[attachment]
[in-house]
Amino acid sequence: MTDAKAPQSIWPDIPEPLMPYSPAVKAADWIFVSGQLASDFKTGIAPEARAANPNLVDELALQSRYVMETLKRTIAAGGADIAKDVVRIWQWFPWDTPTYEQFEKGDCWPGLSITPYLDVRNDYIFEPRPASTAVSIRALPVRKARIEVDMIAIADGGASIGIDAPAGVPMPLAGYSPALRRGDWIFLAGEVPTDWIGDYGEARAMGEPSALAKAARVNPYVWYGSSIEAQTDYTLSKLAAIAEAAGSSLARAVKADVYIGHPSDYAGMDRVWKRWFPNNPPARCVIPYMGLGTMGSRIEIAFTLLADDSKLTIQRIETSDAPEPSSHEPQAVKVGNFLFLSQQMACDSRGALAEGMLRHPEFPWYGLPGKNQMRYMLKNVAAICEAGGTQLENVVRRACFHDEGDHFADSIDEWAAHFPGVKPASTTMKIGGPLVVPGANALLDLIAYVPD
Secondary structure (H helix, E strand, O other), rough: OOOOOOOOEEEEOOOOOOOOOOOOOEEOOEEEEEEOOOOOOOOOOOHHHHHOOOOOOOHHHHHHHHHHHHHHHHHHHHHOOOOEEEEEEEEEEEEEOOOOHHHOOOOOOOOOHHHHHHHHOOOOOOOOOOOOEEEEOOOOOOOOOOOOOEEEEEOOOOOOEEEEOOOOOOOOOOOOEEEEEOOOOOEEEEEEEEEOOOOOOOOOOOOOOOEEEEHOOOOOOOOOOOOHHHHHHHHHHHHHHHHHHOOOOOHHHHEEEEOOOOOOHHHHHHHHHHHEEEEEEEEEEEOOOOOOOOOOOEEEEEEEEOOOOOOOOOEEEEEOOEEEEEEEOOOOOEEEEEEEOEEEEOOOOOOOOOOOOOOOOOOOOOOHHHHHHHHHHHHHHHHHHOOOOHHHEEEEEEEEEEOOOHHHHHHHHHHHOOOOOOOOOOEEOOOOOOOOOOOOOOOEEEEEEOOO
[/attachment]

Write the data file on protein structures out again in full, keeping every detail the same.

[in-house]
Amino acid sequence: MTDAKAPQSIWPDIPEPLMPYSPAVKAADWIFVSGQLASDFKTGIAPEARAANPNLVDELALQSRYVMETLKRTIAAGGADIAKDVVRIWQWFPWDTPTYEQFEKGDCWPGLSITPYLDVRNDYIFEPRPASTAVSIRALPVRKARIEVDMIAIADGGASIGIDAPAGVPMPLAGYSPALRRGDWIFLAGEVPTDWIGDYGEARAMGEPSALAKAARVNPYVWYGSSIEAQTDYTLSKLAAIAEAAGSSLARAVKADVYIGHPSDYAGMDRVWKRWFPNNPPARCVIPYMGLGTMGSRIEIAFTLLADDSKLTIQRIETSDAPEPSSHEPQAVKVGNFLFLSQQMACDSRGALAEGMLRHPEFPWYGLPGKNQMRYMLKNVAAICEAGGTQLENVVRRACFHDEGDHFADSIDEWAAHFPGVKPASTTMKIGGPLVVPGANALLDLIAYVPD
Secondary structure (H helix, E strand, O other), rough: OOOOOOOOEEEEOOOOOOOOOOOOOEEOOEEEEEEOOOOOOOOOOOHHHHHOOOOOOOHHHHHHHHHHHHHHHHHHHHHOOOOEEEEEEEEEEEEEOOOOHHHOOOOOOOOOHHHHHHHHOOOOOOOOOOOOEEEEOOOOOOOOOOOOOEEEEEOOOOOOEEEEOOOOOOOOOOOOEEEEEOOOOOEEEEEEEEEOOOOOOOOOOOOOOOEEEEHOOOOOOOOOOOOHHHHHHHHHHHHHHHHHHOOOOOHHHHEEEEOOOOOOHHHHHHHHHHHEEEEEEEEEEEOOOOOOOOOOOEEEEEEEEOOOOOOOOOEEEEEOOEEEEEEEOOOOOEEEEEEEOEEEEOOOOOOOOOOOOOOOOOOOOOOHHHHHHHHHHHHHHHHHHOOOOHHHEEEEEEEEEEOOOHHHHHHHHHHHOOOOOOOOOOEEOOOOOOOOOOOOOOOEEEEEEOOO